Gifted Cluster

Discussion in 'General Education' started by princessbloom, Jan 5, 2016.

  1. princessbloom

    princessbloom Comrade

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    Jan 5, 2016

    For those of you who teach in a gifted cluster model (all day, same students, in ALL subject areas), can you help me out?
    I am really struggling. I've taught Gifted previously, but we had an inclusion class so I taught Gifted, ESE, ESOL and regular Ed. My Gifted kids were not pulled out. I have my Gifted endorsement, and I have all of these ideas and projects, but struggle when it comes to doing what I want to do AND still teaching to all the standard I have to teach. I have a friend who teaches Gifted but she does it as a pull out once a week and really doesn't have to adhere to specific standards as much. At my old school with the inclusion model, I did enrichment projects once a week for an hour.

    I have the sweetest kids this year (I teach 3rd) and they range from 4-9th grade reading levels. They're amazing, and sweet, and smart, but I really want them to be having fun! They begged me today if we could have 30-40 minutes of uninterrupted reading time every day. I would LOVE to give this to them, but our schedule is jam packed and we have ENRICHMENT where we switch classes for 30 minutes every day. Couple that with ELA, Math, Science/Social Studies (alternating days), and I don't know how to fit it in for them. :( I'd love to do coding with them, more engineering projects, etc.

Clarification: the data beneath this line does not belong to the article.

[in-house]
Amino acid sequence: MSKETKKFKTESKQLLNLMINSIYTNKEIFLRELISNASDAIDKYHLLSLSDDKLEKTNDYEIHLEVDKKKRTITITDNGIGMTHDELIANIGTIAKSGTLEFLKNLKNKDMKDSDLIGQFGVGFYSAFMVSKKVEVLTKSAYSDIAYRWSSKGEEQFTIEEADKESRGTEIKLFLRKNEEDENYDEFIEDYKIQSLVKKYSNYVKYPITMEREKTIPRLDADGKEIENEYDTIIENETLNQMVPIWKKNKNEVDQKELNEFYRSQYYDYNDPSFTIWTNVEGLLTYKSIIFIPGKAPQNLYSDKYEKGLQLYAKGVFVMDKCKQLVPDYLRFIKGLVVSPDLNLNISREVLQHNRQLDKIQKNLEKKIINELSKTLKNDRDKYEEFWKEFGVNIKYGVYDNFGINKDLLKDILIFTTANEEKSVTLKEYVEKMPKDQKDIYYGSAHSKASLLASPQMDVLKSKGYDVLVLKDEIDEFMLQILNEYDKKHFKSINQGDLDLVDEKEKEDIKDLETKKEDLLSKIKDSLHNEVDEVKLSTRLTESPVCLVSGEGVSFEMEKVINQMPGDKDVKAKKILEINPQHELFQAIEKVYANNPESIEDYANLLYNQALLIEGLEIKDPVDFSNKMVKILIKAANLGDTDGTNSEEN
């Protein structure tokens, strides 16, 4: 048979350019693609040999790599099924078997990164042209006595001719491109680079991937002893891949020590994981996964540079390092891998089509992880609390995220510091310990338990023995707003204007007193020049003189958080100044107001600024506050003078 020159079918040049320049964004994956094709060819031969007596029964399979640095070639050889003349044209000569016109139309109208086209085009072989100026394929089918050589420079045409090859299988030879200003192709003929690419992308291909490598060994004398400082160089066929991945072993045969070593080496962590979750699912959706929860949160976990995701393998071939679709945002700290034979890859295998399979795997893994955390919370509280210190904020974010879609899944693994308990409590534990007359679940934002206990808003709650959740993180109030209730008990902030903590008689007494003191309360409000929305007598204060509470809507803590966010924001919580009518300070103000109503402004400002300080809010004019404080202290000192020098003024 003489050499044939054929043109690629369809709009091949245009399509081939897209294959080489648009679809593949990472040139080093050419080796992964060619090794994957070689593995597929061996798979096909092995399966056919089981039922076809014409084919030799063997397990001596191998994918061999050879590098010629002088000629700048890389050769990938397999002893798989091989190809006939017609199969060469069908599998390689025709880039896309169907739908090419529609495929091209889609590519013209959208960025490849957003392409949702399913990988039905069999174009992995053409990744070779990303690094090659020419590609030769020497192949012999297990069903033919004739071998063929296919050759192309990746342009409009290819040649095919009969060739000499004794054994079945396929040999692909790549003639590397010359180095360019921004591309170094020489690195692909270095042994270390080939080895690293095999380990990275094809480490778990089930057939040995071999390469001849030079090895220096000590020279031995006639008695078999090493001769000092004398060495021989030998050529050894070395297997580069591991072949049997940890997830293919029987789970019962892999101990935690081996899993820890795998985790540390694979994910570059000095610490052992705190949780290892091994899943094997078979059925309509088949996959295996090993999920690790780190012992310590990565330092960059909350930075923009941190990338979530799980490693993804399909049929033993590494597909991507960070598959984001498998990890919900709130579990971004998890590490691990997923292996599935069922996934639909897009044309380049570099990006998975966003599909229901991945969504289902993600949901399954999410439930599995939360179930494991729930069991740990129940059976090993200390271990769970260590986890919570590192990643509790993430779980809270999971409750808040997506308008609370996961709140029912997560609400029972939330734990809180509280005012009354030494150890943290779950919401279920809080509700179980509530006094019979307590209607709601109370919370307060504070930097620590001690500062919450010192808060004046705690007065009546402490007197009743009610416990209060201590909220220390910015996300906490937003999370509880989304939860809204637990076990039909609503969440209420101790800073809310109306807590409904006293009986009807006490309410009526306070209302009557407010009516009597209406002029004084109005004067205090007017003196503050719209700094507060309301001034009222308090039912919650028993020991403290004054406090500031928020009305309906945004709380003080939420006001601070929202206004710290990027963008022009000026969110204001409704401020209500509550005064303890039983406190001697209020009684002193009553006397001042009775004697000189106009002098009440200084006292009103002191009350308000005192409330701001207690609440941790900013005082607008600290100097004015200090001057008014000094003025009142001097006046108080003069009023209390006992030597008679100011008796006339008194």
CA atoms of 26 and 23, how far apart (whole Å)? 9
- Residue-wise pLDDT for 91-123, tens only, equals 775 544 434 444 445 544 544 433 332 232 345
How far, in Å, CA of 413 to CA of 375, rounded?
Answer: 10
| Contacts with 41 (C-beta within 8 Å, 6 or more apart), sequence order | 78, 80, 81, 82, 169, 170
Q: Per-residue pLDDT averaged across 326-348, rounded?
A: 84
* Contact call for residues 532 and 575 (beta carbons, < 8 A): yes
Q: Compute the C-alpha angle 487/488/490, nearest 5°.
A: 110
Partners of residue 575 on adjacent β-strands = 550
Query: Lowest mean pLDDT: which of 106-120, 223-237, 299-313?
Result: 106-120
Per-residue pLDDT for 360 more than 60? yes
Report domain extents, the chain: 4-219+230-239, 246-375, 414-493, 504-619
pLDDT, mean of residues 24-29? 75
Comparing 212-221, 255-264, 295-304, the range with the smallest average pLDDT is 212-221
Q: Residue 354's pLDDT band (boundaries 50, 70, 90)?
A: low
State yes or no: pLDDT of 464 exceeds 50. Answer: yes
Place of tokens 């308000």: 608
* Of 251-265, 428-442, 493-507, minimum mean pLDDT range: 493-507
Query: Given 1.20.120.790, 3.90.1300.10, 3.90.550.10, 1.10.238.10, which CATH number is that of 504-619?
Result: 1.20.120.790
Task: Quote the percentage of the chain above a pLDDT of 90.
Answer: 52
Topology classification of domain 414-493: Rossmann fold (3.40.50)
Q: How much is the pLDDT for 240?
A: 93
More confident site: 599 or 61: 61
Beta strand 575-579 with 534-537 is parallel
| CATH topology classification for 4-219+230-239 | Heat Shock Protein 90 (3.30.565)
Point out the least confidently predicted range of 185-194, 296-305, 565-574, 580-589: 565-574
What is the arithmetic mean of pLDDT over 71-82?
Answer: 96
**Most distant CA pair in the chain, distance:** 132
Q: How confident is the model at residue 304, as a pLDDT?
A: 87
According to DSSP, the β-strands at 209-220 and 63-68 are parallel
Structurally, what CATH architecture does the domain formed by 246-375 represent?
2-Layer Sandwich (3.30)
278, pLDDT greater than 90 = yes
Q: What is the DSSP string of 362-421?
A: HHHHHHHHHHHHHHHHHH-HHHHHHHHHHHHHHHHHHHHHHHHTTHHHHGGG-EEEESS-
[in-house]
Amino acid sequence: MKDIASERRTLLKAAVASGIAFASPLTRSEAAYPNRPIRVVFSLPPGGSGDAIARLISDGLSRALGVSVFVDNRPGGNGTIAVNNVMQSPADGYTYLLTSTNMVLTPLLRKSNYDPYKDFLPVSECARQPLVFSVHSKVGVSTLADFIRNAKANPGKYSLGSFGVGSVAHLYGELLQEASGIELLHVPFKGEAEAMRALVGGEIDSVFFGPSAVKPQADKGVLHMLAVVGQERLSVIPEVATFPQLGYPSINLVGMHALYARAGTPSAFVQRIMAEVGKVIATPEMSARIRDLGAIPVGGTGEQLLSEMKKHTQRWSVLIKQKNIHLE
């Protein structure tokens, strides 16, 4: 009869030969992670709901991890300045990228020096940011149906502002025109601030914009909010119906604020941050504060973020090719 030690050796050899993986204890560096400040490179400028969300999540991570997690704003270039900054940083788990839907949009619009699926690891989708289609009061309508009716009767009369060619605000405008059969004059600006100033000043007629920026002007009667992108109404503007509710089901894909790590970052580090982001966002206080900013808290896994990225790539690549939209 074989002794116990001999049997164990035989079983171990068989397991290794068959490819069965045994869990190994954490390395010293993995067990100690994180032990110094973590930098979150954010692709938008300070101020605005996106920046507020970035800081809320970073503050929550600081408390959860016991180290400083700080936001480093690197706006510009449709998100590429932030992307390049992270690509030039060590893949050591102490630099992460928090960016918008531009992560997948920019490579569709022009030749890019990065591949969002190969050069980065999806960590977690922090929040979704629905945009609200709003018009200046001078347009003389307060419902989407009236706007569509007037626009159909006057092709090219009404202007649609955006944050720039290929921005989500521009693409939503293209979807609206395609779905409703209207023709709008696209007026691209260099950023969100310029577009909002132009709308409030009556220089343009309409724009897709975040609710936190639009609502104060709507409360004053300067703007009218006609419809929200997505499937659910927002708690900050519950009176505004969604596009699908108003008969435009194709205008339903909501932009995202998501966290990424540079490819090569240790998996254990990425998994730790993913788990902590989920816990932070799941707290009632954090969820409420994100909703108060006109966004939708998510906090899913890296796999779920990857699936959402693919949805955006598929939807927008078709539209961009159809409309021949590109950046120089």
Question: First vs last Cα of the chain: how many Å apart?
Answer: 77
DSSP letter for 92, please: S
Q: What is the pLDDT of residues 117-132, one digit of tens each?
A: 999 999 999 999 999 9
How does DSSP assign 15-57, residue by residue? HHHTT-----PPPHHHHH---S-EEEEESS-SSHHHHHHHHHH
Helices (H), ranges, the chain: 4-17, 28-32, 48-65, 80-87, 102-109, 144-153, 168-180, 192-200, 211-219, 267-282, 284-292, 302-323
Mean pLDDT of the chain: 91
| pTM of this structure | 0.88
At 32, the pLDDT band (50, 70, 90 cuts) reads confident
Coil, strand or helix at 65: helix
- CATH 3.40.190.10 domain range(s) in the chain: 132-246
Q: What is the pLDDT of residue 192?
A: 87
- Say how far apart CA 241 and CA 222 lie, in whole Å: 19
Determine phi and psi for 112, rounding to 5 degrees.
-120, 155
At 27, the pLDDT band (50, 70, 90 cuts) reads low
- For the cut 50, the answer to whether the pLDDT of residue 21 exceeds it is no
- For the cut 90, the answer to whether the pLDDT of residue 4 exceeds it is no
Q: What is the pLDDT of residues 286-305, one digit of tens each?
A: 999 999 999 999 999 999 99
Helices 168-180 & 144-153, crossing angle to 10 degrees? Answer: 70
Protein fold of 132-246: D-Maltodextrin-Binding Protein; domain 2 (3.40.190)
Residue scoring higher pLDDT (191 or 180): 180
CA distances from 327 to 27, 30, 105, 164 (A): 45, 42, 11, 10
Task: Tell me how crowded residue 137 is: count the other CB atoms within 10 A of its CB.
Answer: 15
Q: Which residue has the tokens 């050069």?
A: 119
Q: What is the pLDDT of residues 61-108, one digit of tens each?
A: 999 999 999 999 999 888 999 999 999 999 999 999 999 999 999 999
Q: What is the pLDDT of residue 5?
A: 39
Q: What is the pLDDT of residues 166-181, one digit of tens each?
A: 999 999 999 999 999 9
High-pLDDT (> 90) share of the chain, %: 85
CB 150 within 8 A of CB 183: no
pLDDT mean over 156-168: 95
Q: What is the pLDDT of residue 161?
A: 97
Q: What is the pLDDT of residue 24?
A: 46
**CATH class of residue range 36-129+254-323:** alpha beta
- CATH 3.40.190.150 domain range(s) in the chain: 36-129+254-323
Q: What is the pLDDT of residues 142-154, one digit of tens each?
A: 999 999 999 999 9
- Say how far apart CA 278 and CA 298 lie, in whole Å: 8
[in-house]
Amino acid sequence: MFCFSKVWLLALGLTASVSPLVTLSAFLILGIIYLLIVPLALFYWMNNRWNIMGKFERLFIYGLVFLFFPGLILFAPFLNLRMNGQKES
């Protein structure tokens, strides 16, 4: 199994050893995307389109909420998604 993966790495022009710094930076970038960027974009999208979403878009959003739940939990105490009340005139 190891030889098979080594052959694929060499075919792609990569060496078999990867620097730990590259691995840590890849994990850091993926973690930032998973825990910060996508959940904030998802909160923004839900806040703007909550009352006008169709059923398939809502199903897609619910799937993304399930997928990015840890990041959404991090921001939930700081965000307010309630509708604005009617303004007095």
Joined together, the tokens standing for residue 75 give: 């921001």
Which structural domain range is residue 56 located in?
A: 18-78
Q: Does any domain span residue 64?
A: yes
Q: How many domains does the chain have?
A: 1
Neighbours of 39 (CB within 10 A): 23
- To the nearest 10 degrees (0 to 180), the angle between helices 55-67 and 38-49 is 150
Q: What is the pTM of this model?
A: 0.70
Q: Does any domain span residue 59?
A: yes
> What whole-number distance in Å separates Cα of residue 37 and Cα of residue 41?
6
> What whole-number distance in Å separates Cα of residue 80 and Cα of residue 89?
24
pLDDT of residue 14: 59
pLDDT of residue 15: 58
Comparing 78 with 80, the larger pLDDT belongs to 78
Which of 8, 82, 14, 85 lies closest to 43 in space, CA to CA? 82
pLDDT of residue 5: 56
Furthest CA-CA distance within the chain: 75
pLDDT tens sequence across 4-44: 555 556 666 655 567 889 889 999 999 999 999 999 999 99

I asked our Gifted head at county about how other teachers do it at different schools and all she could tell me was that every teacher was different, and there' s no right or wrong way. :(
    I asked my principal if I could go shadow another cluster teacher at a different school and she said it wasn't in the budget to hire a substitute.

    How do you do it? Still teach to the standards (at an accelerated pace, of course) and still do MORE, to stretch them in a super fun way?
     
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  3. 2ndTimeAround

    2ndTimeAround Phenom

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    Jan 6, 2016

    I teach high school, so it may not apply to your situation. My actual pacing isn't that different because I go more in depth with the material than is required by the standards. I do end up with 3/4 extra days at the end of the semester where I teach a unit or two that aren't included in the standards at all.

    I provide options with assignments so students can challenge themselves if they like.
     
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  4. Koriemo

    Koriemo Comrade

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    Jan 6, 2016